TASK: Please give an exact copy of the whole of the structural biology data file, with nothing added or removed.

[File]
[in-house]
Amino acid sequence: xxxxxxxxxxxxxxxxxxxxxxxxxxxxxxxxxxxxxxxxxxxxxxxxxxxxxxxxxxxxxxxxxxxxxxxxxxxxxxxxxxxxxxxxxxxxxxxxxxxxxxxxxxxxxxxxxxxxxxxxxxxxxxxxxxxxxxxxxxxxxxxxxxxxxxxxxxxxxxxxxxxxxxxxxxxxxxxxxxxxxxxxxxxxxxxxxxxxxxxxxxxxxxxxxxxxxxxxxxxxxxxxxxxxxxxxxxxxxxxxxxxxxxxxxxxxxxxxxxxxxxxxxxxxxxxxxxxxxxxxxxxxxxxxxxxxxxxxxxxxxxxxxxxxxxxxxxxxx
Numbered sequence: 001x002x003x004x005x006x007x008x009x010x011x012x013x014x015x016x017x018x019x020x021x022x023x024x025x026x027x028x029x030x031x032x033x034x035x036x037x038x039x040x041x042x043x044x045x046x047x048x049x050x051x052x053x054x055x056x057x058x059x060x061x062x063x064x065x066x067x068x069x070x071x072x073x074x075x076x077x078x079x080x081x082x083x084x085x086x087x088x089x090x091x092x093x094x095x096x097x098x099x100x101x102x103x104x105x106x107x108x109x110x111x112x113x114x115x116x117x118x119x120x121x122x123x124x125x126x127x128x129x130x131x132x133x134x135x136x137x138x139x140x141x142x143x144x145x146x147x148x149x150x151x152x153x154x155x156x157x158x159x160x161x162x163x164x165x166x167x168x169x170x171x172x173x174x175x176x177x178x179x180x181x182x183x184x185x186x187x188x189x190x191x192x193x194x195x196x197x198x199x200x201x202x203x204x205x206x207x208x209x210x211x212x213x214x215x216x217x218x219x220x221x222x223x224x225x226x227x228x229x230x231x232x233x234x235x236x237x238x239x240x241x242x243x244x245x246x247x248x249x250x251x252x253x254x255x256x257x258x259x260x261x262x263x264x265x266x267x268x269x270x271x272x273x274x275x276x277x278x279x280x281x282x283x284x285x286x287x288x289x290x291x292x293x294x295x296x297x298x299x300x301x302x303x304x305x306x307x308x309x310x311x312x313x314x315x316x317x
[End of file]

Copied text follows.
[in-house]
Amino acid sequence: xxxxxxxxxxxxxxxxxxxxxxxxxxxxxxxxxxxxxxxxxxxxxxxxxxxxxxxxxxxxxxxxxxxxxxxxxxxxxxxxxxxxxxxxxxxxxxxxxxxxxxxxxxxxxxxxxxxxxxxxxxxxxxxxxxxxxxxxxxxxxxxxxxxxxxxxxxxxxxxxxxxxxxxxxxxxxxxxxxxxxxxxxxxxxxxxxxxxxxxxxxxxxxxxxxxxxxxxxxxxxxxxxxxxxxxxxxxxxxxxxxxxxxxxxxxxxxxxxxxxxxxxxxxxxxxxxxxxxxxxxxxxxxxxxxxxxxxxxxxxxxxxxxxxxxxxxxxxx
Numbered sequence: 001x002x003x004x005x006x007x008x009x010x011x012x013x014x015x016x017x018x019x020x021x022x023x024x025x026x027x028x029x030x031x032x033x034x035x036x037x038x039x040x041x042x043x044x045x046x047x048x049x050x051x052x053x054x055x056x057x058x059x060x061x062x063x064x065x066x067x068x069x070x071x072x073x074x075x076x077x078x079x080x081x082x083x084x085x086x087x088x089x090x091x092x093x094x095x096x097x098x099x100x101x102x103x104x105x106x107x108x109x110x111x112x113x114x115x116x117x118x119x120x121x122x123x124x125x126x127x128x129x130x131x132x133x134x135x136x137x138x139x140x141x142x143x144x145x146x147x148x149x150x151x152x153x154x155x156x157x158x159x160x161x162x163x164x165x166x167x168x169x170x171x172x173x174x175x176x177x178x179x180x181x182x183x184x185x186x187x188x189x190x191x192x193x194x195x196x197x198x199x200x201x202x203x204x205x206x207x208x209x210x211x212x213x214x215x216x217x218x219x220x221x222x223x224x225x226x227x228x229x230x231x232x233x234x235x236x237x238x239x240x241x242x243x244x245x246x247x248x249x250x251x252x253x254x255x256x257x258x259x260x261x262x263x264x265x266x267x268x269x270x271x272x273x274x275x276x277x278x279x280x281x282x283x284x285x286x287x288x289x290x291x292x293x294x295x296x297x298x299x300x301x302x303x304x305x306x307x308x309x310x311x312x313x314x315x316x317x